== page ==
Portugal's growing democracy

AT a time when political freedom is under challenge -- as is now occurring in the Philippines, South Korea, and other parts of the world -- it is useful to be reminded that nations can make progress in overcoming a less than promising and often tyrannical past. Case in point: Portugal. This week, voters in that nation of 10 million people flocked to the polls to select a new president, the first civilian president in Portugal in 60 years. The winner, M'ario Soares, a former three-term Socialist prime minister, scored a narrow victory over a right-wing challenger.

On one level, the presidential election represents a personal achievement for Mr. Soares. In last October's general elections, Soares's moderate left-of-center coalition government, which he had headed as prime minister, was ousted in a crushing defeat by a right-of-center government, headed by Anibal Cavaco Silva, the current prime minister. The Cavaco Silva government, which holds office by a minority, had backed the conservative candidate running against Soares in this week's runoff presidential contest.

In addition to the personal victory for Soares, this week's presidential election represents an achievement of sorts for Portugal, which throughout much of this century has been under the heel of authoritarian rule, most notably that of Ant'onio Oliveira Salazar. The Salazar dictatorship fell in 1974, only to be followed by brief military rule and then an attempt by communists to wrest dominance of the government. Soares helped thwart a communist-backed coup and went on to be elected the first constitutionally elected prime minister after the 1974 revolution. He has become the dominant figure on the Portuguese political stage.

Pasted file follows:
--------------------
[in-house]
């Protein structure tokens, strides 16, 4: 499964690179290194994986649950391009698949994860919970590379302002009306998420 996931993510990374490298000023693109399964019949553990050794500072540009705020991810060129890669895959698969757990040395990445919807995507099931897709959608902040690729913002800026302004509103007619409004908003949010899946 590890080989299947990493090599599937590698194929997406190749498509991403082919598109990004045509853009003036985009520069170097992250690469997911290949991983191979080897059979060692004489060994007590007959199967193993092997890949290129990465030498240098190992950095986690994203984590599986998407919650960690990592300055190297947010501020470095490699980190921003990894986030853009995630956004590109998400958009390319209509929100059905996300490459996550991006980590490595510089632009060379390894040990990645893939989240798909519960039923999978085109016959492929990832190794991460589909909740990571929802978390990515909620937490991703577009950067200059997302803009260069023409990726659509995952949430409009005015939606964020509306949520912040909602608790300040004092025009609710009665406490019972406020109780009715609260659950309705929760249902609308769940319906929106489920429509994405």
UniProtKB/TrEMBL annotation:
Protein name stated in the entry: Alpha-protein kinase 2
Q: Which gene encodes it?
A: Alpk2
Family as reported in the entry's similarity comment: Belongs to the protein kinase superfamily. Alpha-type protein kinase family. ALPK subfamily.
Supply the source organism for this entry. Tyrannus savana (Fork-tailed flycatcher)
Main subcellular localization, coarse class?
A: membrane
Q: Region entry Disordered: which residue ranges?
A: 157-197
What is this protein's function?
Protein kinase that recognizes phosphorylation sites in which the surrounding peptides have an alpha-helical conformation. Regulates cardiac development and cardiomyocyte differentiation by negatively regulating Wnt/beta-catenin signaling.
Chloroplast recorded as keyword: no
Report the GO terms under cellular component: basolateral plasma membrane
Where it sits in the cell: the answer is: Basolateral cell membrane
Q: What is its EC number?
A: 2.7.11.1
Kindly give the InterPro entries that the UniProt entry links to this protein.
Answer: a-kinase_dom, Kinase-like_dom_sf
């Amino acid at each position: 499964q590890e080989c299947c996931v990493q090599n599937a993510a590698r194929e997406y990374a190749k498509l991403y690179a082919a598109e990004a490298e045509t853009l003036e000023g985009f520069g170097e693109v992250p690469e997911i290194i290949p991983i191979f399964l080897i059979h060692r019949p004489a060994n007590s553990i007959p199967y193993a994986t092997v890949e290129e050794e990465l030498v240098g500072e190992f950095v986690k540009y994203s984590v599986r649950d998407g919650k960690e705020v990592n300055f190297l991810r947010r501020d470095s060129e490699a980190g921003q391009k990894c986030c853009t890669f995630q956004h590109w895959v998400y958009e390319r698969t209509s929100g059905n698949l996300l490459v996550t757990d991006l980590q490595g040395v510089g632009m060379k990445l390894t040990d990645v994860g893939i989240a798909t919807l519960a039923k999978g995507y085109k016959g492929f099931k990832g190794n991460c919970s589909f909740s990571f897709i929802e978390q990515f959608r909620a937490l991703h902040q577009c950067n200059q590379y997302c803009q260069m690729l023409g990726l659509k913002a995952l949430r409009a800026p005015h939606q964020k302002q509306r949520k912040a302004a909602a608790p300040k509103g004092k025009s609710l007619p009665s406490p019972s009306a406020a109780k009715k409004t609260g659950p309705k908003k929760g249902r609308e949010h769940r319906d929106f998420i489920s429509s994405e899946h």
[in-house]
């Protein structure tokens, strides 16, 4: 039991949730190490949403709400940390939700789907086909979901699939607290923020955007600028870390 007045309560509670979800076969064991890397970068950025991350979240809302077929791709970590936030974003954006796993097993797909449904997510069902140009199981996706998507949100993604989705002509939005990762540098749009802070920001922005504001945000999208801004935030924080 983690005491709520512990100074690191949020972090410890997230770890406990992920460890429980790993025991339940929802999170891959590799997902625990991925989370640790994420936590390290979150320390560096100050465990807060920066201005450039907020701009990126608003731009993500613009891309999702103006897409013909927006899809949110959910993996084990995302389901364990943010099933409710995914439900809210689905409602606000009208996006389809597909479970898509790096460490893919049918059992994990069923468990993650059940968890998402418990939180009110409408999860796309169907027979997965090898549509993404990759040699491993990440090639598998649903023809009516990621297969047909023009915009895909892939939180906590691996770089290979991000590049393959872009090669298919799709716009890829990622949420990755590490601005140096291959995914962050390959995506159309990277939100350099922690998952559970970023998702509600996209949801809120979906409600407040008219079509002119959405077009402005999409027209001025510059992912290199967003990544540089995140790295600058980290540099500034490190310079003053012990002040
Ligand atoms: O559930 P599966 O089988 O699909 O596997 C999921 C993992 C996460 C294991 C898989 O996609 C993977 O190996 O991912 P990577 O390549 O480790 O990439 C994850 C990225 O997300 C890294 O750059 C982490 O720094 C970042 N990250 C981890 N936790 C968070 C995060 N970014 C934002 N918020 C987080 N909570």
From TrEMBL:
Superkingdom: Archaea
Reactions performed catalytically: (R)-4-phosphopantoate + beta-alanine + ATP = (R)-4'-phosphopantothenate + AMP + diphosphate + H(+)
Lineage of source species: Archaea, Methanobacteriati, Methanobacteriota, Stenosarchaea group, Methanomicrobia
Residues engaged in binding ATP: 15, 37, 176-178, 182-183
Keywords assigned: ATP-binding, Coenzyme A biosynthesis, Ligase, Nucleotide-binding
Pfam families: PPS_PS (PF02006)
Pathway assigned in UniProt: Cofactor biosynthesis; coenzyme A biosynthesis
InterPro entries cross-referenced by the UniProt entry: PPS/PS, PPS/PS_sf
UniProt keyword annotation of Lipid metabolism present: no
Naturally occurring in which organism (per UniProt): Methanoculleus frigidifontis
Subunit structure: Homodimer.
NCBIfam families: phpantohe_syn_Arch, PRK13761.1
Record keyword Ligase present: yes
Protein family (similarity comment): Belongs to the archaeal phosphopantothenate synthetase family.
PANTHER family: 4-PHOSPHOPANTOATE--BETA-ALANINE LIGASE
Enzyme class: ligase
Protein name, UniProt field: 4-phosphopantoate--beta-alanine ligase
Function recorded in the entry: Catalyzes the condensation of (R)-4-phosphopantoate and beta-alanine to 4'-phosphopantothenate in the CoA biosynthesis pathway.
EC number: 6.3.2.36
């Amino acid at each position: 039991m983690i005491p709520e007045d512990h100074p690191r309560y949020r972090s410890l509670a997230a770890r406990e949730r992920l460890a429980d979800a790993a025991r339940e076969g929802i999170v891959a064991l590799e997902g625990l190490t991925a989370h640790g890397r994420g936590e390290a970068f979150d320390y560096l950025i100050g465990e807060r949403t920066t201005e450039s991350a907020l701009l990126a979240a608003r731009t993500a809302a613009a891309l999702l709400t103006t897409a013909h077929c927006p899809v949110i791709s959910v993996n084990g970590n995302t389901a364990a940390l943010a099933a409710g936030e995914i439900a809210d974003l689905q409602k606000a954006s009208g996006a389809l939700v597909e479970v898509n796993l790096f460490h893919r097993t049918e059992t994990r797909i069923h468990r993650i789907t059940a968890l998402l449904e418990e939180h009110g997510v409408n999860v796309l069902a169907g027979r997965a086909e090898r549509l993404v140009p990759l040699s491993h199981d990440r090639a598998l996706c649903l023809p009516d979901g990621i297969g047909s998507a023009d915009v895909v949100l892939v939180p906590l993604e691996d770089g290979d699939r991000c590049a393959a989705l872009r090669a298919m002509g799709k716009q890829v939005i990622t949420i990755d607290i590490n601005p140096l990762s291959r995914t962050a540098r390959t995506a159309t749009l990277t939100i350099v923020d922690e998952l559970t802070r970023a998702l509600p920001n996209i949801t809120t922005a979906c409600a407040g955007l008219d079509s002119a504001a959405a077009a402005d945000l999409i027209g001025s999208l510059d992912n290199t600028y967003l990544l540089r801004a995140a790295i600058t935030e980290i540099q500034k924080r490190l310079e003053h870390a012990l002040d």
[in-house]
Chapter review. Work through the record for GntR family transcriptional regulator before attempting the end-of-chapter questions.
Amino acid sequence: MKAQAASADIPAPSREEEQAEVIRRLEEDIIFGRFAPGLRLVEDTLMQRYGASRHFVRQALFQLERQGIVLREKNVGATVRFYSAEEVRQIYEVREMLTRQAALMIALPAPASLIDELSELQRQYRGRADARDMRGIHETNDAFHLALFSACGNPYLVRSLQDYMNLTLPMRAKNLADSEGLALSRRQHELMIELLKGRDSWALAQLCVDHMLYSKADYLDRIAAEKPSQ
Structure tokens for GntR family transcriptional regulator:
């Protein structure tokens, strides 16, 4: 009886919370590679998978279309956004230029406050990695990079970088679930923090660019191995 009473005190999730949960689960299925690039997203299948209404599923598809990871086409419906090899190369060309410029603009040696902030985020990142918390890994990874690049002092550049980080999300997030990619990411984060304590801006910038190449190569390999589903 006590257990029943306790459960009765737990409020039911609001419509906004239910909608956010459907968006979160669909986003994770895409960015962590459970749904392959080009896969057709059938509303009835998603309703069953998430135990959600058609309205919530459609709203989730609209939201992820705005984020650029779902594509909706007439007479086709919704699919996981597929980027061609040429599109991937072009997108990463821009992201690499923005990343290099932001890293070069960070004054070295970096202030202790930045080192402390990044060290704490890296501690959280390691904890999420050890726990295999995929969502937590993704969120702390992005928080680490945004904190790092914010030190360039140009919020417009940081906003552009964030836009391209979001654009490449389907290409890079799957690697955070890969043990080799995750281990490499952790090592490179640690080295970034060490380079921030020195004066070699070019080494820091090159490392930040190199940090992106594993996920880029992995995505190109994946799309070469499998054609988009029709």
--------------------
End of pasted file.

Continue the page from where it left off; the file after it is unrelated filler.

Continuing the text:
It would be a mistake to gloss over Portugal's current political and economic problems. They are substantial, and will require the cooperation of all segments of Portuguese society if they are to be met.

Politically, Portugal's parliamentary system, based on proportional representation, has fostered a splintering of political parties representing a broad range of often irreconcilable interests and leading to a climate of political instability. Nor is there much kindred goodwill between Soares, Portugal's new President-elect, and the current center-right government. Economically, Portugal continues to be the problem child of Europe, with high inflation and unemployment, low capital development, and a large agricultural sector that is too often far less productive than its European counterparts.

Indeed, Portugal's new membership in the European Common Market this year, along with that of neighboring Spain, will mean additional industrial and economic competition for Portugal; the other side of the coin is that Portugal will receive new economic assistance as well as loans because of its membership.

Challenges aside -- and they are admittedly difficult -- Portugal's growing political maturity warrants the appreciation and encouragement of the global community.

Democracy is a fragile flower that seldom blooms overnight. What the people of Portugal are now seeking to prove is that, given time -- and support -- it can put down deep roots and blossom.

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